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Articles by E. L Goode
Total Records ( 2 ) for E. L Goode
  L. E Kelemen , X Wang , Z. S Fredericksen , V. S Pankratz , P. D.P Pharoah , S Ahmed , A. M Dunning , D. F Easton , R. A Vierkant , J. R Cerhan , E. L Goode , J. E Olson and F. J. Couch
 

Background: Gene amplification leading to overexpression is a common event in breast tumors that is linked to tumor development and progression. The 17q23 region is amplified in >40% of breast tumors and contains several candidate oncogenes. Because common genetic variation in several oncogenes has been associated with cancer risk, we assessed the relevance of common variants in the 17q23 candidate oncogenes to breast cancer.

Methods: We investigated 60 polymorphisms in the TUBD1, SEPT4, PRKCA, TBX2, TBX4, TEX14, TLK2, YPEL2, and PPM1E genes from this amplicon for association with breast cancer risk among 798 Caucasian breast cancer cases and 843 unaffected Caucasian controls from the Mayo Clinic.

Results: Eight polymorphisms in PRKCA, TBX4, TLK2, and YPEL2 displayed significant dose-response associations with breast cancer risk (Ptrend < 0.05). Of these, PRKCA rs7342847 and TLK2 rs2245092 and rs733025 were also associated with hormone receptor–positive breast cancer: PRKCA rs7342847 (odds ratio, 0.7; 95% confidence interval, 0.6-0.9; Ptrend = 0.002) and TLK2 rs733025 and rs2245092 (both: odds ratio, 0.8; 95% confidence interval, 0.7-1.0; Ptrend = 0.03). Interactions between SEPT4 rs758377 and TEX14 rs302864 (Pinteraction = 0.0003) and between TLK2 rs733025 and YPEL2 rs16943468 (Pinteraction = 0.05) for risk of breast cancer were also observed.

Conclusion: These findings suggest that single polymorphisms and combinations of polymorphisms within candidate oncogenes from the 17q23 amplicon may influence risk of breast cancer overall and possibly specific molecular subtypes of breast tumors. The findings are discussed within the context of the results from two independent data sets. (Cancer Epidemiol Biomarkers Prev 2009;18(6):1864–8)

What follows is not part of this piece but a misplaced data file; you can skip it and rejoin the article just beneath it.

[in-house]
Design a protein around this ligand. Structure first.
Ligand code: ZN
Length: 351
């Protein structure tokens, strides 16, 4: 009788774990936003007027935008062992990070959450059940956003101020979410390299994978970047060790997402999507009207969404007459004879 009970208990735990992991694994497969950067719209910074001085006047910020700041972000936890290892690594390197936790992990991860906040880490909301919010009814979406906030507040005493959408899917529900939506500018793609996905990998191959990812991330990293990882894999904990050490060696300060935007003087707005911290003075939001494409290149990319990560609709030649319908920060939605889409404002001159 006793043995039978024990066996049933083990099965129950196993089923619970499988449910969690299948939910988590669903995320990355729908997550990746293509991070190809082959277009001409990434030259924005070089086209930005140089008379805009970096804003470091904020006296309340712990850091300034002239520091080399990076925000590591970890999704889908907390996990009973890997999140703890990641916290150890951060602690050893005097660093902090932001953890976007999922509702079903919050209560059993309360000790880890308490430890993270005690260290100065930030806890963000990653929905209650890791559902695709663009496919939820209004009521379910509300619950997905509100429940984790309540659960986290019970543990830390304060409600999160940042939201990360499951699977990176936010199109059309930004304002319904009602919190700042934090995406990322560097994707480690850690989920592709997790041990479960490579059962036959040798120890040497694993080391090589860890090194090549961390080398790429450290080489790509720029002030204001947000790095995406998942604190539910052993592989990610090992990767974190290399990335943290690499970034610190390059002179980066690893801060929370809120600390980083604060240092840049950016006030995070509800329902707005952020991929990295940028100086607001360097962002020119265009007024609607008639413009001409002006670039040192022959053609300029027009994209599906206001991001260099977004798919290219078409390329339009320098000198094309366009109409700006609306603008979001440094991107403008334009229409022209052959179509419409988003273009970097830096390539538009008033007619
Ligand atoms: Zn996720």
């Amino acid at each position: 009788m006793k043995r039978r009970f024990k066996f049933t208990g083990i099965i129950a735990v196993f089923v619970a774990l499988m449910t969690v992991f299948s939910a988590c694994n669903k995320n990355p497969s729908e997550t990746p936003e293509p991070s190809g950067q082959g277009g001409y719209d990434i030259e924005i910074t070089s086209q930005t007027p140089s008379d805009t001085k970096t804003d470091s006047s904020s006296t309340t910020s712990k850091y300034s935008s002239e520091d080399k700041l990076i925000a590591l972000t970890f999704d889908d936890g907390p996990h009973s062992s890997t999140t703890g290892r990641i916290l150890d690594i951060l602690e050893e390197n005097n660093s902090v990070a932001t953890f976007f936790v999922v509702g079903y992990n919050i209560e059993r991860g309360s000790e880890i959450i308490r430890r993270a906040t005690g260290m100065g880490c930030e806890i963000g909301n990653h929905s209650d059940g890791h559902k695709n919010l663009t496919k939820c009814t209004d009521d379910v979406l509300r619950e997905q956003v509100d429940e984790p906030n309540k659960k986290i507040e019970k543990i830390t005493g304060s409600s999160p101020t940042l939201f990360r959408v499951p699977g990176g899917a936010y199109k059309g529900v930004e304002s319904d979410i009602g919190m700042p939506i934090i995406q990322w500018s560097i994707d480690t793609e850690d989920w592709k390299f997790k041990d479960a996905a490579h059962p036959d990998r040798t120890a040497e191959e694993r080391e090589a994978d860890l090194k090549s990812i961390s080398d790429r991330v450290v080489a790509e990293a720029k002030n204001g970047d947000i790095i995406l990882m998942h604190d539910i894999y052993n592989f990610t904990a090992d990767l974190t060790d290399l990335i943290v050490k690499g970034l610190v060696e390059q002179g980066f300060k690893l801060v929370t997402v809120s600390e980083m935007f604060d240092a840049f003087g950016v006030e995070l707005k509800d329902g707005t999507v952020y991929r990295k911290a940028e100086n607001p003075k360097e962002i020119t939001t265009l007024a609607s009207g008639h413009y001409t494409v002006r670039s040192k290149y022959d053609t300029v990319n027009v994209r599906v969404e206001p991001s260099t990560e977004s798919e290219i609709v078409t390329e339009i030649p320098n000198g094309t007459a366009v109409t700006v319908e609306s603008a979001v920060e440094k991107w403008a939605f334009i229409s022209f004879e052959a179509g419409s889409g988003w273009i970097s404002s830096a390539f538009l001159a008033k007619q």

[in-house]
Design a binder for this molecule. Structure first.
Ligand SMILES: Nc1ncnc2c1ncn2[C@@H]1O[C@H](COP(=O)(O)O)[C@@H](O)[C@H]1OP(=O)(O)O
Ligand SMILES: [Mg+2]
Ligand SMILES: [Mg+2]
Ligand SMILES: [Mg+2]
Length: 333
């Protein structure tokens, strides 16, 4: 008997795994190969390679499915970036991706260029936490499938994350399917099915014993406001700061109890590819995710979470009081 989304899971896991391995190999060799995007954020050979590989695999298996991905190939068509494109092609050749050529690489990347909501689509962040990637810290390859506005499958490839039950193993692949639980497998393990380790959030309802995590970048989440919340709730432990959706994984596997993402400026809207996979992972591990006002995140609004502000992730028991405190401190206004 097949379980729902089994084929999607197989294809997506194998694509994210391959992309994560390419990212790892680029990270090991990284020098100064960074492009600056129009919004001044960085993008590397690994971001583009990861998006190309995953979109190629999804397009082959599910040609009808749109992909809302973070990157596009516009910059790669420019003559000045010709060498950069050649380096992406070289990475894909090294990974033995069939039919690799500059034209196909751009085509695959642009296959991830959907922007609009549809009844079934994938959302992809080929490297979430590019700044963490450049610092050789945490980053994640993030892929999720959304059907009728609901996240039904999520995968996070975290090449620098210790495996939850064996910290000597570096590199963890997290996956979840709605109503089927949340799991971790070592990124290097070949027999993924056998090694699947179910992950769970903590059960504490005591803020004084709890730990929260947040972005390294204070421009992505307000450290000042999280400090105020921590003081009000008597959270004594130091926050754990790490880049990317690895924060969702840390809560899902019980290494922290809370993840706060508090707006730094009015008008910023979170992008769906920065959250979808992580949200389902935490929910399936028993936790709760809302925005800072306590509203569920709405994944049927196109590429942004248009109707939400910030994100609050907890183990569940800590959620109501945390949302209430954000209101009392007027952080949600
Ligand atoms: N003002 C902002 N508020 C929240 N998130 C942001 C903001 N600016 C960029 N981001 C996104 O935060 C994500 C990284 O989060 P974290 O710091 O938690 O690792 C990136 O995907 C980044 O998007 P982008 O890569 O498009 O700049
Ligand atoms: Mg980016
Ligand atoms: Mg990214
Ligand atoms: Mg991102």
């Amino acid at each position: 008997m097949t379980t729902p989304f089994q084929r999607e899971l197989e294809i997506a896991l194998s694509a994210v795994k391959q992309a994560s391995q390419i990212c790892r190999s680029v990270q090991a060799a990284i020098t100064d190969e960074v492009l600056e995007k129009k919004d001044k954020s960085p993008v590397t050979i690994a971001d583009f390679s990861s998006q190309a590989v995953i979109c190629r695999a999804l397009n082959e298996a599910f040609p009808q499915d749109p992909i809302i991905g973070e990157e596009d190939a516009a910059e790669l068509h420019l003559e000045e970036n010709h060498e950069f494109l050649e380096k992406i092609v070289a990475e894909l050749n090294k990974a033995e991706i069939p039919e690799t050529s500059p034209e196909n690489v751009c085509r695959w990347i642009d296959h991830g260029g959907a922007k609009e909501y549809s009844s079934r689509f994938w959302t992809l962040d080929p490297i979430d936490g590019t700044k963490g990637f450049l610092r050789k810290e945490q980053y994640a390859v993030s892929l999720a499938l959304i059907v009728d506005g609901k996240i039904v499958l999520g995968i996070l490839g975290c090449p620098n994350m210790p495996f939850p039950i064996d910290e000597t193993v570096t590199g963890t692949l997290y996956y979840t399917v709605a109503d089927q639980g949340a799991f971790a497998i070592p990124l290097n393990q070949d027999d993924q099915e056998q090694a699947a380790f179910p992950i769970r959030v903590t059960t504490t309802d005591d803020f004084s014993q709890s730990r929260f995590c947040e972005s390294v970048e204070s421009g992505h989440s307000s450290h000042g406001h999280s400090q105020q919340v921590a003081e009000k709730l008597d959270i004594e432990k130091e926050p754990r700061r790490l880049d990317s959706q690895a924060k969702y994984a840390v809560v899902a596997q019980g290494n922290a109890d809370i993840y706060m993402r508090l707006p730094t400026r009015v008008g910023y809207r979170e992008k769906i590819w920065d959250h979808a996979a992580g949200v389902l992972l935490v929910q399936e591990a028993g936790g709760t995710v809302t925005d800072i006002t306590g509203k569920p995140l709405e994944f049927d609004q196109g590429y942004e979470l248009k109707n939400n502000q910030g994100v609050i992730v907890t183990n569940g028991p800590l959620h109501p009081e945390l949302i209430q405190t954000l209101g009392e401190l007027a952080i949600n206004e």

H Song , S. J Ramus , S. K Kjaer , R. A DiCioccio , G Chenevix Trench , C. L Pearce , E Hogdall , A. S Whittemore , V McGuire , C Hogdall , J Blaakaer , A. H Wu , D. J Van Den Berg , D. O Stram , U Menon , A Gentry Maharaj , I. J Jacobs , P. M Webb , J Beesley , X Chen , The Australian Ovarian Cancer Study Group the Australian Cancer (Ovarian) Study , J. A Doherty , J Chang Claude , S Wang Gohrke , M. T Goodman , G Lurie , P. J Thompson , M. E Carney , R. B Ness , K Moysich , E. L Goode , R. A Vierkant , J. M Cunningham , S Anderson , J. M Schildkraut , A Berchuck , E. S Iversen , P. G Moorman , M Garcia Closas , S Chanock , J Lissowska , L Brinton , H Anton Culver , A Ziogas , W. R Brewster , B. A.J Ponder , D. F Easton , S. A Gayther , P. D.P Pharoah and on behalf of the Ovarian Cancer Association Consortium (OCAC)
 

Because both ovarian and breast cancer are hormone-related and are known to have some predisposition genes in common, we evaluated 11 of the most significant hits (six with confirmed associations with breast cancer) from the breast cancer genome-wide association study for association with invasive ovarian cancer. Eleven SNPs were initially genotyped in 2927 invasive ovarian cancer cases and 4143 controls from six ovarian cancer case–control studies. Genotype frequencies in cases and controls were compared using a likelihood ratio test in a logistic regression model stratified by study. Initially, three SNPs (rs2107425 in MRPL23, rs7313833 in PTHLH, rs3803662 in TNRC9) were weakly associated with ovarian cancer risk and one SNP (rs4954956 in NXPH2) was associated with serous ovarian cancer in non-Hispanic white subjects (P-trend < 0.1). These four SNPs were then genotyped in an additional 4060 cases and 6308 controls from eight independent studies. Only rs4954956 was significantly associated with ovarian cancer risk both in the replication study and in combined analyses. This association was stronger for the serous histological subtype [per minor allele odds ratio (OR) 1.07 95% CI 1.01–1.13, P-trend = 0.02 for all types of ovarian cancer and OR 1.14 95% CI 1.07–1.22, P-trend = 0.00017 for serous ovarian cancer]. In conclusion, we found that rs4954956 was associated with increased ovarian cancer risk, particularly for serous ovarian cancer. However, none of the six confirmed breast cancer susceptibility variants we tested was associated with ovarian cancer risk. Further work will be needed to identify the causal variant associated with rs4954956 or elucidate its function.

 
 
 
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